x Abu Dhabi, UAESunday 23 July 2017

Russian start-up takes on Samsung and Apple with dual-screen YotaPhone smartphone

Users can choose what to display on the back screen, be it a newsfeed, social media updates, a map, a favourite picture or a boarding pass. The back screen is always on, even if the battery dies.

Vladislav Martynov, the chief executive of Yota Devices, presents the new YotaPhone smartphone in Moscow on December 4, 2013. Maxim Shemetov / Reuters
Vladislav Martynov, the chief executive of Yota Devices, presents the new YotaPhone smartphone in Moscow on December 4, 2013. Maxim Shemetov / Reuters

The Russian company behind an innovative dual-screen handset offering longer battery life is looking to shake up the smartphone market and win share from segment leaders Samsung and Apple.

At first glance, the YotaPhone – which is now available in the UAE – looks like any other Android phone, but flip the device over and there is an e-reader on the back.

Users can choose what to display on the back screen, be it a newsfeed, social media updates, a map, a favourite picture or a boarding pass. The back screen is always on, even if the battery dies.

“Now you don’t need to be afraid you will kill your battery because you are reading on your smartphone,” said Vladislav Martynov, the chief executive of Yota Devices. “It is an electronic paper display so it is much easier on your eyes and there is no reflection.”

Some 40 to 50 per cent of a smartphone’s battery is used up by the screen, which is why very few smartphones can make it through a whole day on a single charge. The YotaPhone’s back screen provides up to 50 hours of reading if the front screen is not put to use. The company claims it provides seven to eight hours of more battery life than the standard smartphone.

“We strongly believe the future of smartphones is always-on display and dual screen phones,” said Mr Martynov, whose device has won a string of awards, including the International Consumer Electronic’s “hottest mobile device” and a gold Cannes Lion.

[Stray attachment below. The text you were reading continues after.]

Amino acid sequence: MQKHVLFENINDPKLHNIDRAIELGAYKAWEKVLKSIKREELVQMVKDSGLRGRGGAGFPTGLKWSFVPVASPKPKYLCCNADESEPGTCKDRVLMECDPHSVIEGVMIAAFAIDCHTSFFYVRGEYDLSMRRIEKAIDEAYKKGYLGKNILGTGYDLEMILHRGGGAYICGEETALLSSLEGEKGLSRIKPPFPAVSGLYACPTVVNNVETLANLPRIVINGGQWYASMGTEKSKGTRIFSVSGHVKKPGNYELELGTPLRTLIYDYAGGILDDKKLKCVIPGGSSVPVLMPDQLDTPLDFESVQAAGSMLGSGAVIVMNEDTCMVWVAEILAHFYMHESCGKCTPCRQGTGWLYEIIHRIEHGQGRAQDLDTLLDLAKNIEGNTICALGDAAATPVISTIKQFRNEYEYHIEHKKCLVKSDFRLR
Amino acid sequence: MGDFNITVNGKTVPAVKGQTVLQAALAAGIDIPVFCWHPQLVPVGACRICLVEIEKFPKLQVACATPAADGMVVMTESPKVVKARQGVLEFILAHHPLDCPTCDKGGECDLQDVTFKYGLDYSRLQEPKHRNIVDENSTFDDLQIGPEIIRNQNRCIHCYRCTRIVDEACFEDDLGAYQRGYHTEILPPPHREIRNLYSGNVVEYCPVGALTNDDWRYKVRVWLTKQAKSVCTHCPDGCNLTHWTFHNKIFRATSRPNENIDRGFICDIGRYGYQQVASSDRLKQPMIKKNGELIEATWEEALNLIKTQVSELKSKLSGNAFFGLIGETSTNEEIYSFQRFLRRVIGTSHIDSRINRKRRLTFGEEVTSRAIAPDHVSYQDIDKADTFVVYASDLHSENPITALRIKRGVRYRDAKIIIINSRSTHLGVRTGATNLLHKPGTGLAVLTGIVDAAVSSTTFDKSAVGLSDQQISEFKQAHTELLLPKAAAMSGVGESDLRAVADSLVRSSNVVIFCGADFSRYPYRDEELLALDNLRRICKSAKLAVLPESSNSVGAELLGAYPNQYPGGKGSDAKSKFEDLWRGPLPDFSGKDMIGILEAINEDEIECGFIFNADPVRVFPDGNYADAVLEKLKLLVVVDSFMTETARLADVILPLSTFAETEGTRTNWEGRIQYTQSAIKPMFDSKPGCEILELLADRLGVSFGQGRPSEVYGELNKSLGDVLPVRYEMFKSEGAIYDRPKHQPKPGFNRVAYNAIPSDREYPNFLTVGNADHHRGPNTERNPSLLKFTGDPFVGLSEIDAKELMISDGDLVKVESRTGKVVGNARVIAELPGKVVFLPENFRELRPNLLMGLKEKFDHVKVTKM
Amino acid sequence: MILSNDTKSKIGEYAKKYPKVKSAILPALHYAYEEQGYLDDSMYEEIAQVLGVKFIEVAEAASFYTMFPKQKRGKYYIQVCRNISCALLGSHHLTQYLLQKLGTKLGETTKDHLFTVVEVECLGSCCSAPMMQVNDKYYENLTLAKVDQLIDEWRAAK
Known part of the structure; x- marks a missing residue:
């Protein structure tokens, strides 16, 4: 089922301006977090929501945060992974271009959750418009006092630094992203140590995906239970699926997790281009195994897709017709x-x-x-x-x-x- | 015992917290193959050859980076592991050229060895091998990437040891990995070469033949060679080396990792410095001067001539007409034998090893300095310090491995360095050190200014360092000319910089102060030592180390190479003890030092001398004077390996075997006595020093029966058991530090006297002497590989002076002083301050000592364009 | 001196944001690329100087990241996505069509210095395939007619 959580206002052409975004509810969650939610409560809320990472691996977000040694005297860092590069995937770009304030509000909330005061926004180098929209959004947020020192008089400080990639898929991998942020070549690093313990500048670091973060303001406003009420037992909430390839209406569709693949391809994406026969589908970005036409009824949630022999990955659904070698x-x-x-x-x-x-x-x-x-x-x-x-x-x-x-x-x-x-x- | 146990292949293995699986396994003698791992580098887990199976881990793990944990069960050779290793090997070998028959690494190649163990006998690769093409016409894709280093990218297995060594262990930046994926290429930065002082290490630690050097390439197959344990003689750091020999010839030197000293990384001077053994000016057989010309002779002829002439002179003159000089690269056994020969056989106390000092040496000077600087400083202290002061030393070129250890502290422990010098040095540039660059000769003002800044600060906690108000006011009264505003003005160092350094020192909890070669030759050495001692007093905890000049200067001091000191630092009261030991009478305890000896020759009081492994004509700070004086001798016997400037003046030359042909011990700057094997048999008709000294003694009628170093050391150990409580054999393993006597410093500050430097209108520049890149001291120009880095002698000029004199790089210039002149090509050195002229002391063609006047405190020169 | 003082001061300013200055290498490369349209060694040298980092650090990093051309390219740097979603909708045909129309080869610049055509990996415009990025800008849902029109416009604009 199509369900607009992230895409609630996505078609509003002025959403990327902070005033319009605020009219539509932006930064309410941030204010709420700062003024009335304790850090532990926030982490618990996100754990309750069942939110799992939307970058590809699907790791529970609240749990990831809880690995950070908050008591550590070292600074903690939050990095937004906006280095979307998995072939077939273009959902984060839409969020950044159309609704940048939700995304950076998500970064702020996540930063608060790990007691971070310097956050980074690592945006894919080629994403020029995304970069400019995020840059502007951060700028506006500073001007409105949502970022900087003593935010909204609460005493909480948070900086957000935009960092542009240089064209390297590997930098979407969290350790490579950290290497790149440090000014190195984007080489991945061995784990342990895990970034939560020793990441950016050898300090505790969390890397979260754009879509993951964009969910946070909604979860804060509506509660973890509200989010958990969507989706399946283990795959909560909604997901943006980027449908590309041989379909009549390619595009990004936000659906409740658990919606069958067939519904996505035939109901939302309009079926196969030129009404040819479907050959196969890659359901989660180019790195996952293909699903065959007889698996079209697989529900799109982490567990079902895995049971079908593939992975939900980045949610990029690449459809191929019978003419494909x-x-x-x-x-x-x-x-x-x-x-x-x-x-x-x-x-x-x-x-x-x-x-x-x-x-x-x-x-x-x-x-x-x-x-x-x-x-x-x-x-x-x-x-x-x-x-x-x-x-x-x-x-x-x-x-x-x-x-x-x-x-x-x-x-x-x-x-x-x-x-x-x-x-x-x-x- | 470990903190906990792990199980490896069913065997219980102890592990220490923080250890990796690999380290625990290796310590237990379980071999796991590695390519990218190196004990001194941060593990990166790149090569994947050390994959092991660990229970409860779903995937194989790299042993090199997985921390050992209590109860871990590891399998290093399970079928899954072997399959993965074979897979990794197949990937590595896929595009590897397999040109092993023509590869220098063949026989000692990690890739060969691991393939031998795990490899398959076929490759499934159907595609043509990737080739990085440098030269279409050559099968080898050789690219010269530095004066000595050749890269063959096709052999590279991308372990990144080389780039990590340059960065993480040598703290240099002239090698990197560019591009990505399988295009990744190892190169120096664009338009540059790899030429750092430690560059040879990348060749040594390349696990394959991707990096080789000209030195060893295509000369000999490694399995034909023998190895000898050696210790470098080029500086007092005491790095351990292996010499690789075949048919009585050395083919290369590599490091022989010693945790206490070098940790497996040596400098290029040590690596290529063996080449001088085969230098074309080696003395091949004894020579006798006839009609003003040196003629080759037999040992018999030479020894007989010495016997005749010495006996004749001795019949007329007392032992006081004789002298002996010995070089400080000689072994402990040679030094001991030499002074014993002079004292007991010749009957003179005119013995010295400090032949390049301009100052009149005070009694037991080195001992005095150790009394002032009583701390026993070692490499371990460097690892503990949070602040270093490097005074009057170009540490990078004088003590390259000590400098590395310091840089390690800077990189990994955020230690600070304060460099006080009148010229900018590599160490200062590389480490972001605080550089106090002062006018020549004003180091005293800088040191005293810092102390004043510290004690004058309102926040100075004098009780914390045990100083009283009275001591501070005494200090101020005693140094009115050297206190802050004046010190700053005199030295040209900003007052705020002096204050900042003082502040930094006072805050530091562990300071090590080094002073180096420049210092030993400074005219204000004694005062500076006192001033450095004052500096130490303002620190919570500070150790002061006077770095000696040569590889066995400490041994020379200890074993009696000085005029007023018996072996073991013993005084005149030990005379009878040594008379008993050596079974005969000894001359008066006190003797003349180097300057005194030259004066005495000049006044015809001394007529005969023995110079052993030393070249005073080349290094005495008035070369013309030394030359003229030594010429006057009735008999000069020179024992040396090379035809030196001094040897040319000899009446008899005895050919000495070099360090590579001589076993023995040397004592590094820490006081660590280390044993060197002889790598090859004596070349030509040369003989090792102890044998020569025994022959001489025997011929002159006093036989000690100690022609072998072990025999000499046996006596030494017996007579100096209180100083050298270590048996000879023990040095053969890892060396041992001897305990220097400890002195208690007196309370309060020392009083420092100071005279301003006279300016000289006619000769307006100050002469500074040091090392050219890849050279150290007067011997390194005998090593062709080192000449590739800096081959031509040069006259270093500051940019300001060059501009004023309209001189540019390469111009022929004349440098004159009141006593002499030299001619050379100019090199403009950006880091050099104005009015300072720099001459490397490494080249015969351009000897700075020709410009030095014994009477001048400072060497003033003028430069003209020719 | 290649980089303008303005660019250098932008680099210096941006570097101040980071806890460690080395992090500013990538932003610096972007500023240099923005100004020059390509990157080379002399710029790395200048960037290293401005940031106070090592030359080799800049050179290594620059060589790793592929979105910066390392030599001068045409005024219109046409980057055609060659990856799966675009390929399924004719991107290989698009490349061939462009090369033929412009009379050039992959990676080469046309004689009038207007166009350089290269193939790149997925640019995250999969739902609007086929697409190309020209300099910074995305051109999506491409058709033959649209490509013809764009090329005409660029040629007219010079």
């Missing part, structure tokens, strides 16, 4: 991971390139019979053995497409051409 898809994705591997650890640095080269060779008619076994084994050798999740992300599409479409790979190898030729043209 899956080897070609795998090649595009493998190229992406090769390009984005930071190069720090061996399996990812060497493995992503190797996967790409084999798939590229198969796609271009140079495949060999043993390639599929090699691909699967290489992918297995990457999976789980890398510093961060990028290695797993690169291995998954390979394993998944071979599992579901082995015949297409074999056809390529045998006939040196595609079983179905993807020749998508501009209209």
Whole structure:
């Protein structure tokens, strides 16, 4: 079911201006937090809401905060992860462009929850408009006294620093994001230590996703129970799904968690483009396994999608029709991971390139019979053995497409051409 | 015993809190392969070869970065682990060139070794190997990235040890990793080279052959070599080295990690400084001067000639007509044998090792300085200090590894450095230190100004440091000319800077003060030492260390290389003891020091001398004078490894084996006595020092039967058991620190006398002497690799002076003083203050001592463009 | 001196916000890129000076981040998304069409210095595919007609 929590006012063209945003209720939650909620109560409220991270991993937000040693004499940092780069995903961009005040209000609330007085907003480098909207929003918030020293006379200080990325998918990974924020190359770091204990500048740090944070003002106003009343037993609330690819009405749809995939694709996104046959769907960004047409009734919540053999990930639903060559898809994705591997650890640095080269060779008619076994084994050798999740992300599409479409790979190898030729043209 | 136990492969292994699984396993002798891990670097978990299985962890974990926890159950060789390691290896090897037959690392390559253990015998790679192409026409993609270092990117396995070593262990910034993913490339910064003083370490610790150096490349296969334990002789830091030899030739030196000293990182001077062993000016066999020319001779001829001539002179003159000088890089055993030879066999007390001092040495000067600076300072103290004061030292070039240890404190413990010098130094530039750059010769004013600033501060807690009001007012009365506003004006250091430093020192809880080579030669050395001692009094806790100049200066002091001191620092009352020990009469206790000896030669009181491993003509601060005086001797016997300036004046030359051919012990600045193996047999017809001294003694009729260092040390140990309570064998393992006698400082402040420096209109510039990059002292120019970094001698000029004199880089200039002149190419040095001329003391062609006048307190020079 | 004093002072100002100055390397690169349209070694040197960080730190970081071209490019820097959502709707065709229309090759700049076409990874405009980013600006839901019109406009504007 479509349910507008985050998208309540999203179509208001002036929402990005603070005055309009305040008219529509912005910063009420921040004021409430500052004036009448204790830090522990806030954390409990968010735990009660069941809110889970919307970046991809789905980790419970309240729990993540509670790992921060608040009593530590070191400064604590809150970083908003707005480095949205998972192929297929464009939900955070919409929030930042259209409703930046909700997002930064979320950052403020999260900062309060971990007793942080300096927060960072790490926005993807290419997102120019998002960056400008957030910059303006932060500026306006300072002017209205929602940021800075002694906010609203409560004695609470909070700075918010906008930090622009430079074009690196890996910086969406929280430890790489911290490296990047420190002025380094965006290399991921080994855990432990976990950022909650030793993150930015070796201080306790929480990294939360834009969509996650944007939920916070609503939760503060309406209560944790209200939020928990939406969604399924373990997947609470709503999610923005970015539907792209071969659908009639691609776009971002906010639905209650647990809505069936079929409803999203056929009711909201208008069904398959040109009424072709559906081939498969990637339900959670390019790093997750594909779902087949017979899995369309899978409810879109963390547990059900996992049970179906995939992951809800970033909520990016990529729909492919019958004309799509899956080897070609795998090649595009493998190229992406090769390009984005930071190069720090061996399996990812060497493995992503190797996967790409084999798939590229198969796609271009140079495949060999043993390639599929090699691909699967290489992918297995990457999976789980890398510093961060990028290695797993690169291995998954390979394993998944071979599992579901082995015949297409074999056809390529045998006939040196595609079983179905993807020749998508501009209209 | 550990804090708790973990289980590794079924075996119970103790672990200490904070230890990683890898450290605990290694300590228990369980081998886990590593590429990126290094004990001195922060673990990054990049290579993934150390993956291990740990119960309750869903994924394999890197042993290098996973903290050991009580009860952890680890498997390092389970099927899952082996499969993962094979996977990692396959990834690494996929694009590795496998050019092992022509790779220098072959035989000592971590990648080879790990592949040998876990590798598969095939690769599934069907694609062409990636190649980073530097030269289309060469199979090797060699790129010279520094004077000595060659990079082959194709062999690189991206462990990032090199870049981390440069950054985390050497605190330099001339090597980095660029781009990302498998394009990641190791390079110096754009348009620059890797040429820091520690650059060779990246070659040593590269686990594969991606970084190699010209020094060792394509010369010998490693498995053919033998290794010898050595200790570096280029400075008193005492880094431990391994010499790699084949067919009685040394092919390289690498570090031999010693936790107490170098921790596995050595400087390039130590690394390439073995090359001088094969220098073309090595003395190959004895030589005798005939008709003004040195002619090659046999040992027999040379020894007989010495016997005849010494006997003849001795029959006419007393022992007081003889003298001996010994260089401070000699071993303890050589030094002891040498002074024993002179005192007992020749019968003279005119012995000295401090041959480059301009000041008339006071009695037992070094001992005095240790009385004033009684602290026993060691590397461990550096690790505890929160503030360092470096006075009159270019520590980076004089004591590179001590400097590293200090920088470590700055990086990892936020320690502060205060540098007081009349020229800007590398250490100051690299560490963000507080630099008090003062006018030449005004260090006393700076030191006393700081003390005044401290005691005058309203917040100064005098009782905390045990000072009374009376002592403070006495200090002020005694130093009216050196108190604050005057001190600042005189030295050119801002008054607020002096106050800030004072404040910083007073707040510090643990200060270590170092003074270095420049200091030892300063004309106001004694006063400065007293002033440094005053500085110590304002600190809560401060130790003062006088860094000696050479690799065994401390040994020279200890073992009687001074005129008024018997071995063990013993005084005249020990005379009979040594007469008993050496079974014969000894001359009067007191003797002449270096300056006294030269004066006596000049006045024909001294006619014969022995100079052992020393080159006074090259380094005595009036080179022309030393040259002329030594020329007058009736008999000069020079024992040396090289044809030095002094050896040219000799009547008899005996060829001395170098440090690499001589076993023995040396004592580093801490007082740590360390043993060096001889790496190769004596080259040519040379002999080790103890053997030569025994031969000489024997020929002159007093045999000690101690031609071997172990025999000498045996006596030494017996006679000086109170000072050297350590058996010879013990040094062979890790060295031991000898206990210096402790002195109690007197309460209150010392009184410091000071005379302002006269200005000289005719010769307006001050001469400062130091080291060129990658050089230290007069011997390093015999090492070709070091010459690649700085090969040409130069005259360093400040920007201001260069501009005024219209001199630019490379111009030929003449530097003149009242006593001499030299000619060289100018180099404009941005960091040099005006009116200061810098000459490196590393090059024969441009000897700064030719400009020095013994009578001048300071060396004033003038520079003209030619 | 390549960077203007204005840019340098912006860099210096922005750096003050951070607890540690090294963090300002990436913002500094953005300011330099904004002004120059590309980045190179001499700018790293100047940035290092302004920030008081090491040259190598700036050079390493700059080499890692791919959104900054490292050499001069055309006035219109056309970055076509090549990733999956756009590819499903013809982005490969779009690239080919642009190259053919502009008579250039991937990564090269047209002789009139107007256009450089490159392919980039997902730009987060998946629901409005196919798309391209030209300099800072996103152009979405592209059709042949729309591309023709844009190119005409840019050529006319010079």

“Being a small start-up from Russia, to have enough courage to take on the big manufacturers, when we see all this recognition, it helps us develop our business,” added Mr Martynov.

Yota has partnered with Jumbo Electronics, which will sell the device for Dh2,199. Jumbo and Yota are aiming for sales of 10,000 for the YotaPhone as tech enthusiasts and artsy people who want to stand out are most likely to invest in the device.

A TRA report showed that the iPhone 5 was the most popular smartphone in the country in the third quarter of last year, with a 2.8 per cent share of all registered handsets. Coming second was the Samsung S3 with 2.5 per cent. The iPhone 4S was third with 2.3 per cent, and tied for fourth were the iPhone4 and BlackBerry 9900 at 1.8 per cent.

“This is not a mass market device today, but eventually all phones will be made this way,” said Vishesh Bhatia, the chief executive at Jumbo.

The second generation YotaPhone, set for release in six months will be positioned for the mass market, said Mr Martynov.

“The Yotaphone is interesting in that it focuses on core functionality issues of a smartphone by intelligently using the second screen at a time when most other manufacturers have diverted their focus on aspects of durability or health apps,” said Ashish Panjabi, chief operating officer at Jacky’s Electronics. “Yotaphone’s focus on battery life using the e-ink screen is also refreshing but the phone feels a bit bulky in the hand.”

thamid@thenational.ae

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